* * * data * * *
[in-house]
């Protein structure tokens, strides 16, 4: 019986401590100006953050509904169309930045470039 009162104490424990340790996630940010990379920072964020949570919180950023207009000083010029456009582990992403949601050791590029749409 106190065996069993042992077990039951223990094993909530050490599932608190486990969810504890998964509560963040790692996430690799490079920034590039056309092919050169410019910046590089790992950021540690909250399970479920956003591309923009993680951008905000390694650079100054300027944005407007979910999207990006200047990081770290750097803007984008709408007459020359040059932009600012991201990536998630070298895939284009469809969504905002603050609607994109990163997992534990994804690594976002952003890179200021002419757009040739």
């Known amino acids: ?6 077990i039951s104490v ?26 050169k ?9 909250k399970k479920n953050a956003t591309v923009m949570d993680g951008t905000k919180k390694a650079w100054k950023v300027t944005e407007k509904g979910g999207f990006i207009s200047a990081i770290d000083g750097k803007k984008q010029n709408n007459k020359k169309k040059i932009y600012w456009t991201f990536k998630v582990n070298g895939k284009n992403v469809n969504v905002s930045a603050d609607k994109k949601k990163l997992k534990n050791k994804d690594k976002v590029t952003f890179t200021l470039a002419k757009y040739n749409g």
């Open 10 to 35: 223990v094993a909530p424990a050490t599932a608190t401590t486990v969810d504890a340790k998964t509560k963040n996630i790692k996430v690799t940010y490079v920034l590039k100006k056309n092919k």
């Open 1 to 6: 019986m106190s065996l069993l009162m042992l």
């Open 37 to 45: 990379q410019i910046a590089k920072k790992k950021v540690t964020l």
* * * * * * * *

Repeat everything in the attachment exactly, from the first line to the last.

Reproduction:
[in-house]
């Protein structure tokens, strides 16, 4: 019986401590100006953050509904169309930045470039 009162104490424990340790996630940010990379920072964020949570919180950023207009000083010029456009582990992403949601050791590029749409 106190065996069993042992077990039951223990094993909530050490599932608190486990969810504890998964509560963040790692996430690799490079920034590039056309092919050169410019910046590089790992950021540690909250399970479920956003591309923009993680951008905000390694650079100054300027944005407007979910999207990006200047990081770290750097803007984008709408007459020359040059932009600012991201990536998630070298895939284009469809969504905002603050609607994109990163997992534990994804690594976002952003890179200021002419757009040739």
């Known amino acids: ?6 077990i039951s104490v ?26 050169k ?9 909250k399970k479920n953050a956003t591309v923009m949570d993680g951008t905000k919180k390694a650079w100054k950023v300027t944005e407007k509904g979910g999207f990006i207009s200047a990081i770290d000083g750097k803007k984008q010029n709408n007459k020359k169309k040059i932009y600012w456009t991201f990536k998630v582990n070298g895939k284009n992403v469809n969504v905002s930045a603050d609607k994109k949601k990163l997992k534990n050791k994804d690594k976002v590029t952003f890179t200021l470039a002419k757009y040739n749409g």
């Open 10 to 35: 223990v094993a909530p424990a050490t599932a608190t401590t486990v969810d504890a340790k998964t509560k963040n996630i790692k996430v690799t940010y490079v920034l590039k100006k056309n092919k």
């Open 1 to 6: 019986m106190s065996l069993l009162m042992l």
């Open 37 to 45: 990379q410019i910046a590089k920072k790992k950021v540690t964020l």